Snowshoeing in Saskatchewan

This is an abridged article that originally appeared on The Lost Girl’s Guide to Finding the World. Read the full version here.

Snowshoeing is a fantastic outdoor winter activity that is perfectly suited for Saskatchewan. We’re an ideal province for both on-and-off-trail snowshoe experiences, all thanks to the 37 million hectares of public Crown land and dozens of regional, provincial and national parks.

Here are some of the best snowshoe trails in Saskatchewan (in no particular order):

Snowshoeing Etiquette

While we have lots of space to snowshoe, please be mindful of groomed trails that may or may not allow snowshoers. Many locations around the province also have groomed snowmobile and cross-country ski trails and prohibit snowshoeing or have snowshoe-specific trails. Check the rules around each trail before you head out or look for signage at the trailhead.

1. Prince Albert National Park

Prince Albert National Park has one of the most magical trails to snowshoe in the province. Treebeard Trail is an old-growth forest that can have waist-deep snow in the middle of winter. The loop is only 1.2 km but is a great interpretive trail with eight educational stops along the way. While this trail is a personal favourite, there are numerous other locations to snowshoe in the park (including Boundary Bog, Kingsmere River, Mud Creek, Freight Tait Springs and Waskesiu River) plus limitless off-trail options. Snowshoes can be borrowed from the Hawood Inn regardless of if you’re a guest or not.

2. Echo Valley Provincial Park

Just under an hour’s drive northeast of Regina and located in the Qu’Appelle Valley is Echo Valley Provincial Park. Not only is it a great destination to snowshoe, but it’s one of the best provincial parks to take your family for a winter weekend (or day trip) getaway. The park offers guided themed snowshoe tours including the “Scenic Snowshoe Safari” and the “Illuminated Snowshoe Stroll.” Both events teach the basics of snowshoeing and end with warming up around a cosy campfire. 

3. Meadow Lake Provincial Park

Meadow Lake Provincial Park is a popular four-season park, especially with the locals. In the winter months, park staff offer guided snowshoe tours. Waters Edge Eco Lodge also has snowshoe trails that link up with the Boreal Trail and provides free snowshoes with your stay. There are dozens of options for snowshoeing in the park (the Boreal Trail is 135 km long and all of it can potentially be snowshoed). But one of the best spots is a snowshoe down the Gold Creek Trail through the pines with a snowy view over Lac des Îles.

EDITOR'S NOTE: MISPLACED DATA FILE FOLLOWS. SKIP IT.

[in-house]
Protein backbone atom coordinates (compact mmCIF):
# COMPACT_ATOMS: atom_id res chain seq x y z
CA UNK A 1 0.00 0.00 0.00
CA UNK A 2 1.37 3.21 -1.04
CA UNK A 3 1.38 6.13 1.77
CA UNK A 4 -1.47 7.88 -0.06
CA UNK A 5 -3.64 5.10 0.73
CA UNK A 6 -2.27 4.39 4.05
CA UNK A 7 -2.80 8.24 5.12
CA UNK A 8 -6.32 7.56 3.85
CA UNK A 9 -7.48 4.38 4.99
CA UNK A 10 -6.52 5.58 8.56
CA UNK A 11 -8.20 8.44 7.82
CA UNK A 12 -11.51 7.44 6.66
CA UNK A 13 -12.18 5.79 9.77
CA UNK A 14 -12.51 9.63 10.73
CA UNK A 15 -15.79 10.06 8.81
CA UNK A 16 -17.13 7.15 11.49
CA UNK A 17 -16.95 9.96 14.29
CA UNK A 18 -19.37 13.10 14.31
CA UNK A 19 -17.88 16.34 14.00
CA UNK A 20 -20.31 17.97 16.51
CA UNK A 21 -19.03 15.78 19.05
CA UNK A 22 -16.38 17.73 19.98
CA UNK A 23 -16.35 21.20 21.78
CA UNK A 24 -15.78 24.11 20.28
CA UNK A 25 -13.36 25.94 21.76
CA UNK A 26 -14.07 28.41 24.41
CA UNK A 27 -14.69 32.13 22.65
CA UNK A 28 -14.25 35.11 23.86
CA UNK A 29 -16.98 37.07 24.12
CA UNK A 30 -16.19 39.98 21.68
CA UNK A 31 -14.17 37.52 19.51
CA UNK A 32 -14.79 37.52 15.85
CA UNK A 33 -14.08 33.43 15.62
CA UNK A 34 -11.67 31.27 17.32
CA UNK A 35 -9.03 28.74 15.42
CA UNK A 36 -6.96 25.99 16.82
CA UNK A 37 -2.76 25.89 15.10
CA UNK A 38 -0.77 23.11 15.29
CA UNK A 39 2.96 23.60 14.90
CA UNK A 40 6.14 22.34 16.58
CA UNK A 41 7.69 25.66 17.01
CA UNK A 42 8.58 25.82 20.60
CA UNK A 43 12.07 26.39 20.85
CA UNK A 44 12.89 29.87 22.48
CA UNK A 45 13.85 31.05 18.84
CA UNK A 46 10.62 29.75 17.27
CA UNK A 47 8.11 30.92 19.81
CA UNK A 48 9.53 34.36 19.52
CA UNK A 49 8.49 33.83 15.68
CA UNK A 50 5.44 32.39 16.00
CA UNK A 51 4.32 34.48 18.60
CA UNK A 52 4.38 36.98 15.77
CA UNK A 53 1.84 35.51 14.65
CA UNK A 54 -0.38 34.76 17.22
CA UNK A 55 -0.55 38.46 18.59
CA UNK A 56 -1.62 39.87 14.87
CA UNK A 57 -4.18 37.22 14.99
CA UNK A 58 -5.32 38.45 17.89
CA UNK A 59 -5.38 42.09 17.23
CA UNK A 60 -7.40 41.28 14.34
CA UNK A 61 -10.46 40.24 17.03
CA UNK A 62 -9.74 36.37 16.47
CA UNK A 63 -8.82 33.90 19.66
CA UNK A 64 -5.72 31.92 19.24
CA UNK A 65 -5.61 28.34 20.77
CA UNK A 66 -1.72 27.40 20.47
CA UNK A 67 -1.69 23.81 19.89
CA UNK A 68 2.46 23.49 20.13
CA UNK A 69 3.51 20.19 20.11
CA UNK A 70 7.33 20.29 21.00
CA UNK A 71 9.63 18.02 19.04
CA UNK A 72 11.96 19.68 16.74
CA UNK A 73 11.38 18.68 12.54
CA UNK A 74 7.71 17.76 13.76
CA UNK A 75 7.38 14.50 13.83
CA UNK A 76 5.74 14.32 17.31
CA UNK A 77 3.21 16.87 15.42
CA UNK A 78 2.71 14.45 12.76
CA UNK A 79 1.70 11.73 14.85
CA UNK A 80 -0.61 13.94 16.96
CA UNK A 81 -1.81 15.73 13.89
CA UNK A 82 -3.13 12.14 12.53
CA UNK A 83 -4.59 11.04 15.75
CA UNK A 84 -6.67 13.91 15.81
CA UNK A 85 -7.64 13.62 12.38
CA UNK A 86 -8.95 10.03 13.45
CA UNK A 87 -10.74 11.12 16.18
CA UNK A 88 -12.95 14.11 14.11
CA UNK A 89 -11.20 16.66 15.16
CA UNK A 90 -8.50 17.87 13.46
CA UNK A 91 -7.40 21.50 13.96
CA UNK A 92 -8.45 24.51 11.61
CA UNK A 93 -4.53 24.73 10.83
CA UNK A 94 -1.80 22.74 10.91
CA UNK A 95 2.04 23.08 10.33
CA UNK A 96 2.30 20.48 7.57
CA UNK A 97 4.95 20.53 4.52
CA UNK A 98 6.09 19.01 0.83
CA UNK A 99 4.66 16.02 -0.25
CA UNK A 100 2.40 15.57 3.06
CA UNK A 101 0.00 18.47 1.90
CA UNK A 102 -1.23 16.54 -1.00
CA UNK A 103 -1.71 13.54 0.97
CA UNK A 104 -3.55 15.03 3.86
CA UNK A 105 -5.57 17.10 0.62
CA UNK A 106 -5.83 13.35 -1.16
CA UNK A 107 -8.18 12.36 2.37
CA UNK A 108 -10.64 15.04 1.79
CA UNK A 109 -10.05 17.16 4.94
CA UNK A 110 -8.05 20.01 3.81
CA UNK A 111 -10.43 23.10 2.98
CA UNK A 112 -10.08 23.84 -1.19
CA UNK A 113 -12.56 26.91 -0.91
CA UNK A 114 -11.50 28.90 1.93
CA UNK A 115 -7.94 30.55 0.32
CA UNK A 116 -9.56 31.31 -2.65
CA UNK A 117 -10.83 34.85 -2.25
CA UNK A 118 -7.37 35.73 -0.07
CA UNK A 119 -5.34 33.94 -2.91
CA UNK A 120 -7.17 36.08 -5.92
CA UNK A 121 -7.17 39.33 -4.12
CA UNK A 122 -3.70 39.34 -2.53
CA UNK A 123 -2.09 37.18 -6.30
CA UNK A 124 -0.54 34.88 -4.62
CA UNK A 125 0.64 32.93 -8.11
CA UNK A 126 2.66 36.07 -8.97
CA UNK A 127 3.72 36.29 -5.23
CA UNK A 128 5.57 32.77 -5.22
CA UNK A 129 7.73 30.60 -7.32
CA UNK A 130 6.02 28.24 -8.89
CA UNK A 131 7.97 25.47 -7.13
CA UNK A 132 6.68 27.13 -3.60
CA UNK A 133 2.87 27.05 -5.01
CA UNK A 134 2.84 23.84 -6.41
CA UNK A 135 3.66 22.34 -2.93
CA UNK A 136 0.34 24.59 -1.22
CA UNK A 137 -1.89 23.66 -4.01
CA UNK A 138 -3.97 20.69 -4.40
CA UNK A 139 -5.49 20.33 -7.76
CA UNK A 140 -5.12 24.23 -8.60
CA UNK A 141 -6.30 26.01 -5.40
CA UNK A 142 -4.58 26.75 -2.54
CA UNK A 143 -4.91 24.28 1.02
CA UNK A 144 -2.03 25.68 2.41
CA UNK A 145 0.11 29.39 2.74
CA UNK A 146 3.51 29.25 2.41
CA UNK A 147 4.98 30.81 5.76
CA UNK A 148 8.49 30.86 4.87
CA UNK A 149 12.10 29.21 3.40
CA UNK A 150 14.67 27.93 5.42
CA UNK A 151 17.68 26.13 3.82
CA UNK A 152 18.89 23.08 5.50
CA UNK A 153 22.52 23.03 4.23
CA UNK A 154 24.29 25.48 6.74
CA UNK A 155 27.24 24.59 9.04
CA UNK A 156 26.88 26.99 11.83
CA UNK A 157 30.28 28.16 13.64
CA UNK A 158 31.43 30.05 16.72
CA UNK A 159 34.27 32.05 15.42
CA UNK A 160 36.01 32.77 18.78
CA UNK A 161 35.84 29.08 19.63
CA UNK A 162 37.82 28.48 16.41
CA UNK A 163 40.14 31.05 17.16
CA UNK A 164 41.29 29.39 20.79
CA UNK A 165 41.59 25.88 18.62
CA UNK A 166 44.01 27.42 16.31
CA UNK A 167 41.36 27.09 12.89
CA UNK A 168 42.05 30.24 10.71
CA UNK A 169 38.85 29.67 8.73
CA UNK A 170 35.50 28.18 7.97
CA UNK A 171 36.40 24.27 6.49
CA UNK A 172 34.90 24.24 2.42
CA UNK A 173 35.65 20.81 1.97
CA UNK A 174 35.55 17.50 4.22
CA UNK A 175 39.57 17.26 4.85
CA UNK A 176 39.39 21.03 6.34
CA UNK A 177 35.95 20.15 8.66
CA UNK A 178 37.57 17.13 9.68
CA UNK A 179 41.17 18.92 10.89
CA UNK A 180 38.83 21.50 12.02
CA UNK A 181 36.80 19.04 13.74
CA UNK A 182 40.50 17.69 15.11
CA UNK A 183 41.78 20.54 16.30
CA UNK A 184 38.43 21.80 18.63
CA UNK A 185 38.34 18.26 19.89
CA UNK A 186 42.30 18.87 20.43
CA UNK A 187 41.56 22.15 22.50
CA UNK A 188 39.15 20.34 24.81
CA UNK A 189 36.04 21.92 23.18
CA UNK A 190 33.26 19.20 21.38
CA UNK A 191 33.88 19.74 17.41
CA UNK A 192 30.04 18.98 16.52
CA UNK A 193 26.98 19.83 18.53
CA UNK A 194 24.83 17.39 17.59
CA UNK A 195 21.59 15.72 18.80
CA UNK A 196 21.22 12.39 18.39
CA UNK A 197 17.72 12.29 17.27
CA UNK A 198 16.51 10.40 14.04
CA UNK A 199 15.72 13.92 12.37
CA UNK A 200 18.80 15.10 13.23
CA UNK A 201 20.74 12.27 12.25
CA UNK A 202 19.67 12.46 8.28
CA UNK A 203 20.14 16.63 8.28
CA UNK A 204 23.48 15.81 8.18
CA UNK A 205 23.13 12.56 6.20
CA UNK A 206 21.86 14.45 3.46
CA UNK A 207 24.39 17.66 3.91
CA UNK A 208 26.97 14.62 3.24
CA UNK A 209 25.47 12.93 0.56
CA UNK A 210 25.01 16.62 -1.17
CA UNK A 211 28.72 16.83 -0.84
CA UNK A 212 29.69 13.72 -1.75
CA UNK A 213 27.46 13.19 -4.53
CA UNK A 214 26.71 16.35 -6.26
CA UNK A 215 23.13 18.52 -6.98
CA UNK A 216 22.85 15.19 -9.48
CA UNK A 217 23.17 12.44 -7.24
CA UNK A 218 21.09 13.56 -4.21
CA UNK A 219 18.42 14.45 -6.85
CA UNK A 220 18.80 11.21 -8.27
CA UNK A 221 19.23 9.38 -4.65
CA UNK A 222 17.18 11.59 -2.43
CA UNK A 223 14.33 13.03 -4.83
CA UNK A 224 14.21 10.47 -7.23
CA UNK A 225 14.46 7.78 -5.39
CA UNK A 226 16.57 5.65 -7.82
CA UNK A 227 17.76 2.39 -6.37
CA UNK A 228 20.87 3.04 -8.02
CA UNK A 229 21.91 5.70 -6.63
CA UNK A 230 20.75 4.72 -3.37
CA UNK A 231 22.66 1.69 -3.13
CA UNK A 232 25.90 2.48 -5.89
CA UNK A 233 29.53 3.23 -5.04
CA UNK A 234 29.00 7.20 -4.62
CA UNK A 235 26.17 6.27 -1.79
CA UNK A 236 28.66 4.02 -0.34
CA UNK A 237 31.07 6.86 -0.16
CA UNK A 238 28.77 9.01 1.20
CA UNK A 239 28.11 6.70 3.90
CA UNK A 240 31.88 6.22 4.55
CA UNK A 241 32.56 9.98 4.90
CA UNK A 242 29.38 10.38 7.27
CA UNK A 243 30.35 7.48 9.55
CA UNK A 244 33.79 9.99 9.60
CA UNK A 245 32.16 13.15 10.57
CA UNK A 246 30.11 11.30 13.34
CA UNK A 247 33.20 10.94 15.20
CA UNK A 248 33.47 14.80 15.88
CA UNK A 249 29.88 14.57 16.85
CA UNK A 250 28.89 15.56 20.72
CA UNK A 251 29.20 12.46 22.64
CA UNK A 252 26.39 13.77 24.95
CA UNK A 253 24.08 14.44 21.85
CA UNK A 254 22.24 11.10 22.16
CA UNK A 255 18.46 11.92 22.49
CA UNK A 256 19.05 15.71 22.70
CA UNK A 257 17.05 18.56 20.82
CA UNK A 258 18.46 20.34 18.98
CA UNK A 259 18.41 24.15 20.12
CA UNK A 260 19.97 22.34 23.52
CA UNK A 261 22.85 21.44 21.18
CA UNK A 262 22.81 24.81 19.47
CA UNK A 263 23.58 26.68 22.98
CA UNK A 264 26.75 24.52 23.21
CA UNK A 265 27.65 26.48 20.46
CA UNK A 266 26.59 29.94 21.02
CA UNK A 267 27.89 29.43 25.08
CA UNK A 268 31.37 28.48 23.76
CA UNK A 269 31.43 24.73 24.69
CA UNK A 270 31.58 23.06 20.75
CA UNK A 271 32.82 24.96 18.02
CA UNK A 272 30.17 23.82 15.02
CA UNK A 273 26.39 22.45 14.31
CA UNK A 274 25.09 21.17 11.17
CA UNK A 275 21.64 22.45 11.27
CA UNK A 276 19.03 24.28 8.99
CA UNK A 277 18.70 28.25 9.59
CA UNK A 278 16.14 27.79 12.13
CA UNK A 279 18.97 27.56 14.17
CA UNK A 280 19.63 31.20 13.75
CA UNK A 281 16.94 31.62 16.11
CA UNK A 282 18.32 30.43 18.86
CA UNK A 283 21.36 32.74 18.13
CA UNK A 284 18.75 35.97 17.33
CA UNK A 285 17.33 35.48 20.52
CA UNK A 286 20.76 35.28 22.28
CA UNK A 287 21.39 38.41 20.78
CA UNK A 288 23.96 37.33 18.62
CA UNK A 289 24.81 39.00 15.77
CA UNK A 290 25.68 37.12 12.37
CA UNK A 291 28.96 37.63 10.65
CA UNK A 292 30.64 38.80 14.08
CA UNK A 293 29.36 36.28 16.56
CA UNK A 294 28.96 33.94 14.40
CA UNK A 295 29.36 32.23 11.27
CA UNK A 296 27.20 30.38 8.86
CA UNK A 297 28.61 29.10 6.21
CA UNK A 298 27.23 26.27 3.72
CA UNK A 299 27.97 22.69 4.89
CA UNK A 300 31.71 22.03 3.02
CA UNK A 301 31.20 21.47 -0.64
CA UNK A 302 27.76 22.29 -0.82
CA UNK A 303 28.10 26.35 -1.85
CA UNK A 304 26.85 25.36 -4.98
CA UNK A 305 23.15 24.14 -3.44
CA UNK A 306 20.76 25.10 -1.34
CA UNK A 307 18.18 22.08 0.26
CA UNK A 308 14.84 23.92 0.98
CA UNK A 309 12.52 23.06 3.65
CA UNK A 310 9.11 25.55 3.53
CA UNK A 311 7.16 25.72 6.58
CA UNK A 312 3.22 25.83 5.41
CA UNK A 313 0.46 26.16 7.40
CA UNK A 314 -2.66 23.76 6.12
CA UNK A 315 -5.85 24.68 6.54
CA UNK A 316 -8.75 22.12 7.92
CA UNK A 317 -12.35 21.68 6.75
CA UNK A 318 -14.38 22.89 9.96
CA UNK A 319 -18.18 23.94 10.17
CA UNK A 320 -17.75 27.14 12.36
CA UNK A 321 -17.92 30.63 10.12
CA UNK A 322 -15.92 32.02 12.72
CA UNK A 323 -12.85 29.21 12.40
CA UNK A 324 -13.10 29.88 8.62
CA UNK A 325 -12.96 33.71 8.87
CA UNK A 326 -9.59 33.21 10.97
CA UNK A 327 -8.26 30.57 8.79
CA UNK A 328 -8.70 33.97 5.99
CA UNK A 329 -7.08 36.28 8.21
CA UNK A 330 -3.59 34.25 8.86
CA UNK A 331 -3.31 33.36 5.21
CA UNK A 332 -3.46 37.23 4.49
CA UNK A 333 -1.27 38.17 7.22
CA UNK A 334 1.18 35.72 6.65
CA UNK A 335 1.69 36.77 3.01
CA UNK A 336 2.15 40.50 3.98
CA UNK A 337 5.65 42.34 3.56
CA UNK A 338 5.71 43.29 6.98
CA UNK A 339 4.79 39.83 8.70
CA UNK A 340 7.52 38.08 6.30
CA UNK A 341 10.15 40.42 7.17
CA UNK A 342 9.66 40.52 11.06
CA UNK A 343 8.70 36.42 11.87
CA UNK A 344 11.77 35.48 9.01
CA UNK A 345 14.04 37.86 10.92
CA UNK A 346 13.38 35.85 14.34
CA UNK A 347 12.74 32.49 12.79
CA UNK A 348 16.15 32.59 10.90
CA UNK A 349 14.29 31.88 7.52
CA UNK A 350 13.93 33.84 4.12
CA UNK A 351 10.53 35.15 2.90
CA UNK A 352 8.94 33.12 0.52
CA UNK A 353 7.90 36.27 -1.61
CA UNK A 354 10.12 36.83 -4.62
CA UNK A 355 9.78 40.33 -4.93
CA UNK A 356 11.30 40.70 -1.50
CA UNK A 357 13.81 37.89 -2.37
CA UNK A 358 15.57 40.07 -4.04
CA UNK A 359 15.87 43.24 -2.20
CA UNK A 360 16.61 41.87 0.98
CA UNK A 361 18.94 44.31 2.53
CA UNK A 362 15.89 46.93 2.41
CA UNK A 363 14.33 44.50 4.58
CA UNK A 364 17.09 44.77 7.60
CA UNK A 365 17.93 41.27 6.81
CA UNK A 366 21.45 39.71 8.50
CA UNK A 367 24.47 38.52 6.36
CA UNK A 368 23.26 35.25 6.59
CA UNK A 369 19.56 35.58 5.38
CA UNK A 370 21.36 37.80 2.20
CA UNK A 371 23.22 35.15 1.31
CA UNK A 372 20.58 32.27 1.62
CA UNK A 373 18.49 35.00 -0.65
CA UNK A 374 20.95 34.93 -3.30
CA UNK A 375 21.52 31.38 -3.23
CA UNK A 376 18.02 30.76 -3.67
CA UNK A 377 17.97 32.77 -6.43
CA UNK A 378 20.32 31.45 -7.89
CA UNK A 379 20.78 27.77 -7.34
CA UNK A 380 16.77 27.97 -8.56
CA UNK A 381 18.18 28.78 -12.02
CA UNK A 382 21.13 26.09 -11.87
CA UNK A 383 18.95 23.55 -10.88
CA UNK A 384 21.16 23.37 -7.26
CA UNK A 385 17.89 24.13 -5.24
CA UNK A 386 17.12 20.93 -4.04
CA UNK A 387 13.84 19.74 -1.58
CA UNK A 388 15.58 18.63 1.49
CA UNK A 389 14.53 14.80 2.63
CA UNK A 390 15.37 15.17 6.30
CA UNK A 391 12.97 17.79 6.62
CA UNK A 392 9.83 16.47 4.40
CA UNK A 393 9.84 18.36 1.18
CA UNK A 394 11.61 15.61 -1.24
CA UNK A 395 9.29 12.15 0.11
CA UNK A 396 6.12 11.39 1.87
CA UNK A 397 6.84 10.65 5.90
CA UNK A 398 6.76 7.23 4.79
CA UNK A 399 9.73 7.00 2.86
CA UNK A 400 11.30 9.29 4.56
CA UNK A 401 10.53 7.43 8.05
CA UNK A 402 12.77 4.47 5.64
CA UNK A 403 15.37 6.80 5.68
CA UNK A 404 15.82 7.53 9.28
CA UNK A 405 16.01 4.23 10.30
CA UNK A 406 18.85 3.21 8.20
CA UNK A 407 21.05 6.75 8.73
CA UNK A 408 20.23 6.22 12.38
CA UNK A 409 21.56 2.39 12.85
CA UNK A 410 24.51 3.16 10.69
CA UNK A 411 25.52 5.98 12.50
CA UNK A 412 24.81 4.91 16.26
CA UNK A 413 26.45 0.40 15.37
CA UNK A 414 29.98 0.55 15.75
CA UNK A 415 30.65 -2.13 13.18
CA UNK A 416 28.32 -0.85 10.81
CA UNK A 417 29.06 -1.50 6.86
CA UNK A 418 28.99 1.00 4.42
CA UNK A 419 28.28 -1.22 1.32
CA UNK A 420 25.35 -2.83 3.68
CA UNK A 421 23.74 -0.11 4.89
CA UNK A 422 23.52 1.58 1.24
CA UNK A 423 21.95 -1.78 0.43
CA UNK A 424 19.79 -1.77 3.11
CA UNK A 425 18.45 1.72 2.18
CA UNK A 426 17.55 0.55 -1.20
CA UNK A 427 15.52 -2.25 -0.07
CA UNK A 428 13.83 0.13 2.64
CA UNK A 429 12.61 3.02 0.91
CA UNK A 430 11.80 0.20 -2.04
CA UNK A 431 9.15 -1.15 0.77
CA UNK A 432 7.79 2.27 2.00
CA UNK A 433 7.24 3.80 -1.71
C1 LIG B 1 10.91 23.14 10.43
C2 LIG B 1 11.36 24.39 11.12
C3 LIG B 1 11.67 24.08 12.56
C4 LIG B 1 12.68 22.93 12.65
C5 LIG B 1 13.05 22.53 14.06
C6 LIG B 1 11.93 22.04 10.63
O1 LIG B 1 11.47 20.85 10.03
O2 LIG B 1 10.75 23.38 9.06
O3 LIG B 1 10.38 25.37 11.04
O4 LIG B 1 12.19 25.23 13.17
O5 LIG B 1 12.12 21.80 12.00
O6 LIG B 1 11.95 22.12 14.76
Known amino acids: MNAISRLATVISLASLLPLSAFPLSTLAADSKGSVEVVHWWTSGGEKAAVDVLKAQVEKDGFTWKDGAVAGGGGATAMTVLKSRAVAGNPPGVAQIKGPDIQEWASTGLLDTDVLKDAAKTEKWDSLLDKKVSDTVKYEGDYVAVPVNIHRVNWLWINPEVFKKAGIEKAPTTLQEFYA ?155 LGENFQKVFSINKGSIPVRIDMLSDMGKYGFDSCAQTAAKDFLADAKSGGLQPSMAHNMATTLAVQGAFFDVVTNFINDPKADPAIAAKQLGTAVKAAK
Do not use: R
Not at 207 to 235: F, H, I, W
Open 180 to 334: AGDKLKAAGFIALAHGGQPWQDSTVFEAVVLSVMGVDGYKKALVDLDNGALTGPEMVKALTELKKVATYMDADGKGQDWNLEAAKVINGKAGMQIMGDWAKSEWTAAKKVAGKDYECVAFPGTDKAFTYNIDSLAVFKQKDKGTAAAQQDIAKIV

4. Eb’s Trail, near Duck Lake

Eb’s Trail is located 16 km north of Duck Lake on Highway 11. It’s popular with cross-country skiers from Saskatoon and Prince Albert. In the last few years, the Saskatoon Nordic Ski Club has developed snowshoeing trails as interest has grown. The majority of the snowshoe trails are accessed from the north parking lot.

5. Wanuskewin 

During the winter months, visitors have access to free snowshoes with their entry to Wanuskewin, outside of Saskatoon. There are 6 km of trails that are excellent for exploring the Opimihaw Valley and several notable viewpoints along the trails that offer views over the South Saskatchewan River. Before you head out, grab muskeg tea and bannock to-go to enjoy along the way. 

6. River Ridge Trails, near Langham

River Ridge Nordic Ski Club is a former golf course just 5 km north of Langham on the banks of the North Saskatchewan River. While skiing is the club’s focus, the park is open to snowshoers and is dog-friendly for on-leash pups. While the trails are continuing to expand, Trail Forks shows 15 trails available for snowshoers with five main trails that connect with one another.

7. Cypress Hills Interprovincial Park

Cypress Hills Interprovincial Park is a winter wonderland with trails leading through the unique lodgepole pine forest that makes for a magical experience when snowshoeing. There are two groomed trails to explore close to The Resort at Cypress Hills and through the lodgepole pine forest, but there are countless spots to go off-trail on your own adventure.

8. Makwa Lake Provincial Park

Makwa Lake Provincial Park has recently built and groomed a new snowshoe trail. The Aspen Trail is 4.1 km in length with lots of opportunities to go off the groomed trail along Loon Trail for another 3.3 km. Visitors can stop in at the administration office for printed maps and to rent snowshoes.


Author & Photographer: Ashlyn George

Ashlyn George bio image

Ashlyn George is an adventure travel writer and social media influencer based in Saskatoon, Saskatchewan. By 30, she visited more than 60 countries and all 7 continents while documenting it on her blog The Lost Girl’s Guide to Finding the WorldToday, Ashlyn creates content in partnership with world-renowned brands like NFL Canada, McDonald’s and CLIF Bar and has been featured in the New York Times and listed by Kayak as a Top 10 Travel Hacker. Find her online at @thelostgirlsguide or

Tags: Winter